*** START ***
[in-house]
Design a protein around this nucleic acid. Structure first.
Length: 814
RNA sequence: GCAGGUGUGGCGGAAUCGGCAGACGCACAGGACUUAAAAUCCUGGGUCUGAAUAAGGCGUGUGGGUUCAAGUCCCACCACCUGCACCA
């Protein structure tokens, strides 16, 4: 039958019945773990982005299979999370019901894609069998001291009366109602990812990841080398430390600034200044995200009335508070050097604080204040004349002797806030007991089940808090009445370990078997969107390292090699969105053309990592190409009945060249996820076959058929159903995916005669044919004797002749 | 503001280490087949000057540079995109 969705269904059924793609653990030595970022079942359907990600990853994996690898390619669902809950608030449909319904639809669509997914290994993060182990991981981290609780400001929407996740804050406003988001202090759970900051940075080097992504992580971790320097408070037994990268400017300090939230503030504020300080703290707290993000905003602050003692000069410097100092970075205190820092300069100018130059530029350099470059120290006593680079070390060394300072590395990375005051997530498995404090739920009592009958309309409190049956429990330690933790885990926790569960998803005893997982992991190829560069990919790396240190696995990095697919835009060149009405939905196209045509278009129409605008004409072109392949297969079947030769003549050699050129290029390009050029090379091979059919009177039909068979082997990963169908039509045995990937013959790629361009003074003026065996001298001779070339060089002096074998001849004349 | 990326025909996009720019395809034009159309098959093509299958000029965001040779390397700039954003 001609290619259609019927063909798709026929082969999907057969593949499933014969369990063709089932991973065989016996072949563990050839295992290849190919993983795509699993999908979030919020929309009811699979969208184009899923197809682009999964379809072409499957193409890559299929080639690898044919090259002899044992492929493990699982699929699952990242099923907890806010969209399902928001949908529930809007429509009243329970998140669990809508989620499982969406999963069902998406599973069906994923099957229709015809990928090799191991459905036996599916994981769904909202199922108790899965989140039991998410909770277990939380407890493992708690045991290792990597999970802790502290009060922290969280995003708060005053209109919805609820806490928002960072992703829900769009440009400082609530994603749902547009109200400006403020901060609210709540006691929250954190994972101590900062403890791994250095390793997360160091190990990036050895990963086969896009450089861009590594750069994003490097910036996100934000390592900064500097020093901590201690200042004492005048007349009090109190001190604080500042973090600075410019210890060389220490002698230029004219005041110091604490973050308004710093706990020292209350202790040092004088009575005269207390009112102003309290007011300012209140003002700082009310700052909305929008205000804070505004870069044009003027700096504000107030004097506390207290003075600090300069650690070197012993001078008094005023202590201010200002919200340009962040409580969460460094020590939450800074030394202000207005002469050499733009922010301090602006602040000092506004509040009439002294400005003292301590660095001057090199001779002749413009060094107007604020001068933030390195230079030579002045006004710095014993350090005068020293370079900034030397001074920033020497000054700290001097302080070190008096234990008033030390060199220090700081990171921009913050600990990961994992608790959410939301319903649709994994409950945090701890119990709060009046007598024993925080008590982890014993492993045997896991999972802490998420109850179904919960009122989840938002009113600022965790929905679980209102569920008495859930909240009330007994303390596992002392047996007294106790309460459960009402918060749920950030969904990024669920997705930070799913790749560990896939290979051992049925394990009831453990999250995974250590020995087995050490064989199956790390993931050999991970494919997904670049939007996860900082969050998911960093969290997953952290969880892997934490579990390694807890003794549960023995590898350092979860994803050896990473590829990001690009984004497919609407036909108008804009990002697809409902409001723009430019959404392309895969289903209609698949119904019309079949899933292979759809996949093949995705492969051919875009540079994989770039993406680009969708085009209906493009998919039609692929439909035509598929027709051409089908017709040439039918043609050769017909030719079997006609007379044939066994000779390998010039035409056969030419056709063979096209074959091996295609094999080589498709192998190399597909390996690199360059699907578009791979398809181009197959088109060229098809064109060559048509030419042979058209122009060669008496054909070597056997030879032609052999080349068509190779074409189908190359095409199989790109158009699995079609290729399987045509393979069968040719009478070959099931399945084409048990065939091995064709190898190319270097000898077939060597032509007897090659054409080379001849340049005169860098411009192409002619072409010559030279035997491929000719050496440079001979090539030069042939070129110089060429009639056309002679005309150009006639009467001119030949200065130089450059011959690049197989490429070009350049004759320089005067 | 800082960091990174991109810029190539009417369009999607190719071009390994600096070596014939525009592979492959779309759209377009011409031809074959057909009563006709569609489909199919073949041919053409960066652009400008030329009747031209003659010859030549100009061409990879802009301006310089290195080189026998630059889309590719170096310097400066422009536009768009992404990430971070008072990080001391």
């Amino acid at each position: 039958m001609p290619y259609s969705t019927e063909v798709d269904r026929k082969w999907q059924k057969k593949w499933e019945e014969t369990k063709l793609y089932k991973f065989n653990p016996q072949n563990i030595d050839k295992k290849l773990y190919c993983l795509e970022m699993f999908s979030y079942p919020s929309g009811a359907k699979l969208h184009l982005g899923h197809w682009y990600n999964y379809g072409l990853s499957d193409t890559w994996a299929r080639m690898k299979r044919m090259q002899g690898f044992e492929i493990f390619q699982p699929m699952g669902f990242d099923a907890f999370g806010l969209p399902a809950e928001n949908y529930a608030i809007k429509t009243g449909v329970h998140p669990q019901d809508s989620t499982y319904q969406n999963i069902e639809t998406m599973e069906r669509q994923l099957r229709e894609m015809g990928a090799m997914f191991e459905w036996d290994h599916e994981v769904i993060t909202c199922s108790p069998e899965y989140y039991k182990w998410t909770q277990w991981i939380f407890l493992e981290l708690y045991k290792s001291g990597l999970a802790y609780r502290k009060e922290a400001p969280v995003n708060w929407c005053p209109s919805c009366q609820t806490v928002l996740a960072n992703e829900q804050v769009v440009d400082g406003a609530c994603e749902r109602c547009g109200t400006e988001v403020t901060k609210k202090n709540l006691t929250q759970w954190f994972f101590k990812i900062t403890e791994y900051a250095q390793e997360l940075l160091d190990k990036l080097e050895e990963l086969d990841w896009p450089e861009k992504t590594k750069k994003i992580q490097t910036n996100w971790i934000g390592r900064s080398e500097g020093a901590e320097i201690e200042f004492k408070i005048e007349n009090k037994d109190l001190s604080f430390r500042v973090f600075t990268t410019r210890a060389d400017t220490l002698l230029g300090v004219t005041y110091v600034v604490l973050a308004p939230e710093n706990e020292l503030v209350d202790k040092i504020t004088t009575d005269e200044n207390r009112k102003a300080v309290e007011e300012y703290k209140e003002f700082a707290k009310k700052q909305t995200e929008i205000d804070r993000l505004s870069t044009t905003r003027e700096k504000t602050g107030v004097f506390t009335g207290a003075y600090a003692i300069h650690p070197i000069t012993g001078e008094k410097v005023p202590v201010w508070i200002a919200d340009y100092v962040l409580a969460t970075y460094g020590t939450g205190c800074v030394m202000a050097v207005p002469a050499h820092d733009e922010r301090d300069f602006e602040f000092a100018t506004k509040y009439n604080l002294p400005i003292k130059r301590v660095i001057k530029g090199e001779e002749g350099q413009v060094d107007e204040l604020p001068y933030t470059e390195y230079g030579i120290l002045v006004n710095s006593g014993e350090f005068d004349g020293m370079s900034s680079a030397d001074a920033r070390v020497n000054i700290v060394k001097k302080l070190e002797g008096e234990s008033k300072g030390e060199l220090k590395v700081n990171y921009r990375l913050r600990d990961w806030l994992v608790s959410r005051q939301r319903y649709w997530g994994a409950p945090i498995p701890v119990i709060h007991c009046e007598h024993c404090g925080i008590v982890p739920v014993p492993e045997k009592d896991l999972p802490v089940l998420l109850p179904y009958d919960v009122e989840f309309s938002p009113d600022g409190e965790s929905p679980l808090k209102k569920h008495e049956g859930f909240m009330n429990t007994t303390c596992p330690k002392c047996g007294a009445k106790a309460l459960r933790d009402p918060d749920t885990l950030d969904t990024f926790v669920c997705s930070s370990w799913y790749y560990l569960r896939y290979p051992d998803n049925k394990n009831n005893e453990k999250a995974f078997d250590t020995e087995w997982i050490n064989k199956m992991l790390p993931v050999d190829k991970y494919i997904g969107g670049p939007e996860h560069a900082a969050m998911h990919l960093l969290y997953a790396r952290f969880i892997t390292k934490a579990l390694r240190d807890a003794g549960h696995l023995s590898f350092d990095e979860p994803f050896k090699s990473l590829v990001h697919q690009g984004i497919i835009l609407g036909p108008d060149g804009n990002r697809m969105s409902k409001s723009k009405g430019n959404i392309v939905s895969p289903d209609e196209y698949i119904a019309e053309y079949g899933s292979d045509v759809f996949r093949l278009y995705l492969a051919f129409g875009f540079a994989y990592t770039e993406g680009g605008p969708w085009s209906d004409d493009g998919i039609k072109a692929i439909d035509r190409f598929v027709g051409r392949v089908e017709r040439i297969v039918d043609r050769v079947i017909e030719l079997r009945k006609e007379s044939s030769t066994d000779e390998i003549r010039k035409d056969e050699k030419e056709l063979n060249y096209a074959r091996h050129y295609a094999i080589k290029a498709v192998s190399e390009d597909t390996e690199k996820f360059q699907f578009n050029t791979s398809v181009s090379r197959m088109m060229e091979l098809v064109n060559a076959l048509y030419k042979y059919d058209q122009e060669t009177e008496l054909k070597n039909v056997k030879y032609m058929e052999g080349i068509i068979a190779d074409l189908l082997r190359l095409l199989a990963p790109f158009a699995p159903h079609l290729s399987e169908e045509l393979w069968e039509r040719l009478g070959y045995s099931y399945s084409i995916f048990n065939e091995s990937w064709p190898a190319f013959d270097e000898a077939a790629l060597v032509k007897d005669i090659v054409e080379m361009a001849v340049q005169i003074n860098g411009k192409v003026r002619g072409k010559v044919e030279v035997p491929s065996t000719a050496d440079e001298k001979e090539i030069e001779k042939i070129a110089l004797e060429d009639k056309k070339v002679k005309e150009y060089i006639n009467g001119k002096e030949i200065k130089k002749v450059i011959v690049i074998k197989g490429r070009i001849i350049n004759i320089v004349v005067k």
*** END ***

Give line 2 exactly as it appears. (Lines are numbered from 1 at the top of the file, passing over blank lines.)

Design a protein around this nucleic acid. Structure first.